Interactive Privacy via the Median Mechanism
 In The 42nd ACM Symposium on the Theory of Computing
, 2010
"... We define a new interactive differentially private mechanism — the median mechanism — for answering arbitrary predicate queries that arrive online. Given fixed accuracy and privacy constraints, this mechanism can answer exponentially more queries than the previously best known interactive privacy me ..."
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Cited by 72 (15 self)
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We define a new interactive differentially private mechanism — the median mechanism — for answering arbitrary predicate queries that arrive online. Given fixed accuracy and privacy constraints, this mechanism can answer exponentially more queries than the previously best known interactive privacy mechanism (the Laplace mechanism, which independently perturbs each query result). With respect to the number of queries, our guarantee is close to the best possible, even for noninteractive privacy mechanisms. Conceptually, the median mechanism is the first privacy mechanism capable of identifying and exploiting correlations among queries in an interactive setting. We also give an efficient implementation of the median mechanism, with running time polynomial in the number of queries, the database size, and the domain size. This efficient implementation guarantees privacy for all input databases, and accurate query results for almost all input distributions. The dependence of the privacy on the number of queries in this mechanism improves over that of the best previously known efficient mechanism by a superpolynomial factor, even in the noninteractive setting.
Boosting the accuracy of differentially private histograms through consistency
 Proc. VLDB Endow
, 2010
"... We show that it is possible to significantly improve the accuracy of a general class of histogram queries while satisfying differential privacy. Our approach carefully chooses a set of queries to evaluate, and then exploits consistency constraints that should hold over the noisy output. In a post ..."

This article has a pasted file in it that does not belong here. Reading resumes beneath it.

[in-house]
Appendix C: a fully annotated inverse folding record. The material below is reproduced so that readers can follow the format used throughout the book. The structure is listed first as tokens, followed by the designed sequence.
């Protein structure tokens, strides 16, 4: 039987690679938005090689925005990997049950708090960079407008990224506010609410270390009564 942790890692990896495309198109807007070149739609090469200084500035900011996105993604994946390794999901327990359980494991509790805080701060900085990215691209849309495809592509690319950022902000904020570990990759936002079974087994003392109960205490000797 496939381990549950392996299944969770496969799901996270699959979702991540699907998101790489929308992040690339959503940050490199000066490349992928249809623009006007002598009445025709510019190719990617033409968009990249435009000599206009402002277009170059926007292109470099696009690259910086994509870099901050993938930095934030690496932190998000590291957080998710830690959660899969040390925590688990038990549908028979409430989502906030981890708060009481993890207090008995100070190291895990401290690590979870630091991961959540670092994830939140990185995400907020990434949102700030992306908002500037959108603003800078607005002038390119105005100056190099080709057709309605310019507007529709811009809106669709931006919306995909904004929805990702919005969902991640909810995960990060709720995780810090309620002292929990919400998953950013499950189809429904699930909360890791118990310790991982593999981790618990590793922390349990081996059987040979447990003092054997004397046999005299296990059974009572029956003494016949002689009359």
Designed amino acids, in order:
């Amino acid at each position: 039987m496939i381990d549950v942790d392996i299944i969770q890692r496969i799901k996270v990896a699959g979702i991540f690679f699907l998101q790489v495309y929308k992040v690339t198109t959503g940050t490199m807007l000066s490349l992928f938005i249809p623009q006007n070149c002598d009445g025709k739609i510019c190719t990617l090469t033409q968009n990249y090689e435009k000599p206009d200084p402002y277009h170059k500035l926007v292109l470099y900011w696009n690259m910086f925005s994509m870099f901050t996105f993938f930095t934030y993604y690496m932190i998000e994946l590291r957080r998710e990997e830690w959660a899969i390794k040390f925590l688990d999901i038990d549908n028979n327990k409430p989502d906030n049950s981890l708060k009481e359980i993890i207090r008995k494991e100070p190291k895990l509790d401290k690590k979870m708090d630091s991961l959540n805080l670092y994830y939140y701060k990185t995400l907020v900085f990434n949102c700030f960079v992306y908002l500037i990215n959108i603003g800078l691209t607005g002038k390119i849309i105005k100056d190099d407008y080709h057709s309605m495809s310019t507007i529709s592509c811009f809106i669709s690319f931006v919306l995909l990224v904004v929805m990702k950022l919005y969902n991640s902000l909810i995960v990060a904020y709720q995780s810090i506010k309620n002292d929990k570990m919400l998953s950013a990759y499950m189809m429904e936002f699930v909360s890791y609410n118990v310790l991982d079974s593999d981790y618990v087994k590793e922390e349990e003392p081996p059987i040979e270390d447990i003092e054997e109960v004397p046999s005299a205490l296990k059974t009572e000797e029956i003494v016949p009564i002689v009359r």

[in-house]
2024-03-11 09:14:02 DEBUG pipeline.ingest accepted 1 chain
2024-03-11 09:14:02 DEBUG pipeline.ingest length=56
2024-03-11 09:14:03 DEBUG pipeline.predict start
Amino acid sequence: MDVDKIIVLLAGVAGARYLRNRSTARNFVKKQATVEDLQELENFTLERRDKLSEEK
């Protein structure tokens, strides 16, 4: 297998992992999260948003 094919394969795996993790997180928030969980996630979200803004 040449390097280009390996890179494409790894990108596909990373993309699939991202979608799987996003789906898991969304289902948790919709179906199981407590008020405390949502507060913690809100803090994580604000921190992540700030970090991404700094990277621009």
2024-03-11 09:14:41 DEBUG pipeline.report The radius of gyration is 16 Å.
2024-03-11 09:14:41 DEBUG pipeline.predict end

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Cited by 67 (5 self)
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We show that it is possible to significantly improve the accuracy of a general class of histogram queries while satisfying differential privacy. Our approach carefully chooses a set of queries to evaluate, and then exploits consistency constraints that should hold over the noisy output. In a postprocessing phase, we compute the consistent input most likely to have produced the noisy output. The final output is differentiallyprivate and consistent, but in addition, it is often much more accurate. We show, both theoretically and experimentally, that these techniques can be used for estimating the degree sequence of a graph very precisely, and for computing a histogram that can support arbitrary range queries accurately. 1.
Differential privacy under continual observation
 In STOC
, 2010
"... Differential privacy is a recent notion of privacy tailored to privacypreserving data analysis [10]. Up to this point, research on differentially private data analysis has focused on the setting of a trusted curator holding a large, static, data set; thus every computation is a “oneshot ” object: ..."
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Cited by 65 (3 self)